Before we enjoyed his cheeky grin, his straight-forwardness, his comical
abuse of the queen's English. 7 years later, with energy prices at an
all time high, liking the President is hard.
The US President's approval rating has sunk to an all time low of 24%.
Voters are responding to escalating living costs, extreme indebtedness,
and a drop in purchasing power not seen since... oh well, suffice to say,
the answer is depressing.
So, let's talk about the good news - inflation. We're constantly told
that this is holding steady at around 2%
a year. This is good in theory, because it should mean that, provided
our pay is rising by the same small amount, we can still afford the same
basket of goods.
Trouble is - nobody believes it. It has become a useless gauge for the
health of the nation. For one thing, it doesn't prepare us for the scale
of those costs that have been put off, but must still be repaid. If your
mortgage is resetting now,
you'll know what I mean.
I'd love to know for whom 2% inflation is a reality. Did annual house
price inflation remain steady at 2% over the last 7 years? Did energy
prices increase by 2% a year? Are rent-rises now holding steady at 2%?
Let's compare commodity prices around 1999|2000 (before Bush came into
power) and in 2007, after 7 years of Bush.
What this exercise shows us is that energy prices and commodity prices,
far from standing still, have actually rocketed. Wholesale Natural
Gas is up by a factor of 3, Oil
x 9, Gold x 3,
x 11 and Wheat x 4.
With the exception of gold, these commodities are the kind of things
which put heat and light in our homes, fuel in our cars, even bread on
the table. When they surge in price, the effect on consumers is sure to
be one of two things - either higher bills or reduced service.
Should we blame the government for high energy prices? I mean... Bush,
Cheney, Rice and Co all declared their vested oil interests didn't they?
I repeat. Oil is up by a factor of nine, from a low of $10 dollars (in
Feb 1999) to $93 a barrel. We've just witnessed the sharpest rise in the
price of oil since OPEC cut supplies to Western Nations in 1973.
A $10 barrel of oil which went up in price by a steady 2% a year over
7 years would cost $11.50, not $93!
2) Rampant Speculation
Some 500 hedge funds now specialise in energy trading. The scale of the
bets can be enormous. One hedge fund trader from Amaranth Advisors famously
$6bn on a bet that the price of gas would go up in April 2007.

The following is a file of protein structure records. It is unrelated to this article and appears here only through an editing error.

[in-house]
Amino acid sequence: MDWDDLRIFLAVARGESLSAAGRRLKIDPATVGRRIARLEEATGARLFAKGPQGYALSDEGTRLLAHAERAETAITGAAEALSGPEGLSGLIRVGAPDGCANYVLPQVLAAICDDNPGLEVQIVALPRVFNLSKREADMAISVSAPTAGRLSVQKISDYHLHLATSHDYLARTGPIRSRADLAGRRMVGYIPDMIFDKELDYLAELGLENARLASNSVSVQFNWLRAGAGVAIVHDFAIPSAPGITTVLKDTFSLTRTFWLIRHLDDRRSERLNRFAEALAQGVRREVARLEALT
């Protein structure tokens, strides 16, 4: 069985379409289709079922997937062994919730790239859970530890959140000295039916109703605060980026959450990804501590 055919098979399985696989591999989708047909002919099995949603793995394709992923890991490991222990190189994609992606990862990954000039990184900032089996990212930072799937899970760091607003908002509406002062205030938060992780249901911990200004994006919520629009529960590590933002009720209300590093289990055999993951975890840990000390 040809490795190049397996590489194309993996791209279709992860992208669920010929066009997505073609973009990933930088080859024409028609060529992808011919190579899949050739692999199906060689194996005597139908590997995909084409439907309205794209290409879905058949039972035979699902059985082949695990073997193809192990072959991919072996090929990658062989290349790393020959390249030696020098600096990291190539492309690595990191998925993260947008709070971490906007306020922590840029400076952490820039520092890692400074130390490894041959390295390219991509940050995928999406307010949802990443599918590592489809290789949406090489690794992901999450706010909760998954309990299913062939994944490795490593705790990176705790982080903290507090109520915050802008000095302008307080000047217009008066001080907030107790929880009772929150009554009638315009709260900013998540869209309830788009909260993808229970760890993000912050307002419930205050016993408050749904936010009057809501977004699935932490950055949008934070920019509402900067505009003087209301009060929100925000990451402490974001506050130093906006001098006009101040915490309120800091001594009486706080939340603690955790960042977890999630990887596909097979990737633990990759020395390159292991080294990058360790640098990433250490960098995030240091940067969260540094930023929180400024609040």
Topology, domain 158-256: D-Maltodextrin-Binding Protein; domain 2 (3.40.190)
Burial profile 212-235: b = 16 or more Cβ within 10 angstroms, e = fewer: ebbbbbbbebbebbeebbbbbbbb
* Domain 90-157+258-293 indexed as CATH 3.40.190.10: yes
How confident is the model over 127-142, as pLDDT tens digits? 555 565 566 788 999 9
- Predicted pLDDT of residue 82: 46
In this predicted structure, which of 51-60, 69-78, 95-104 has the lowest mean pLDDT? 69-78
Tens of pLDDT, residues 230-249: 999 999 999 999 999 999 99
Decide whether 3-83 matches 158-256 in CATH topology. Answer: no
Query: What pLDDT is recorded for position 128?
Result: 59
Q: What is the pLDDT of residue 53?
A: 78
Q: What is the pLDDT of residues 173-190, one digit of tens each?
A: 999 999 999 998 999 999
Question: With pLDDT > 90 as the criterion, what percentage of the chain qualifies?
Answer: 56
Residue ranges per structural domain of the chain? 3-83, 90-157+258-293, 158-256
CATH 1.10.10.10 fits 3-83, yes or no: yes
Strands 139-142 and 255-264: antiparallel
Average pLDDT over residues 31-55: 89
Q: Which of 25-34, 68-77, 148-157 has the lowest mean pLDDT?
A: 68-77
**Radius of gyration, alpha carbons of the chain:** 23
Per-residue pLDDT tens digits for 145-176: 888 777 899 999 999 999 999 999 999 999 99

So what went wrong? Or, conversely, for whom did it go right?
Exxon Mobil posted record
profits of $39.5 billion in 2006. Financial wheeler dealers also enjoyed
bonuses. And boy, didn't we all party
when interest rates were low.
But something fundamentally less celebratory was going on at the same
time. The dollar has fallen by 30% against
the euro since Bush arrived in the White House.
In practical terms, this means the buying power of American wage earners,
compared to Europeans, has been dropping by the equivalent of 5% a year.
In 2000, 1 dollar bought you 1 euro. Today it only buys you 0.69.
So we might as well ignore the 2% inflation mantra. The real picture
is that the basic cost of living is rising in the US, whilst the exchangeable
value of American wages is dropping year on year.
I don't see many US presidential candidates talking candidly about this,
with the exception perhaps of Ron Paul. The repercussions for the UK only
recently started to become obvious.
Easy cheap loans have been like lullabies to us. Too
much money, too readily created and too loosely lent, led us to this
place. This is the place where vultures and loan sharks start to circle
round struggling businesses and households. It's where pyramid schemes
resurface and wealth further concentrates
as the asset fire sales begin.
In 1971, The Who wrote us an anthem to ensure we never got fooled again.
What happened on Bush's watch? Another bunch of 18 year olds got waved
off to war. Meanwhile, the non-combatant binged on credit, set the bath
running, then promptly fell asleep in front of the latest 'reality' TV
Table: Note the relative % increase in the price of a barrel of oil in
US dollars compared to Euros since Autumn 2000. You'd expect this result
if the number of dollars in circulation was being disproportionately inflated
and/or trust in the dollar was sliding.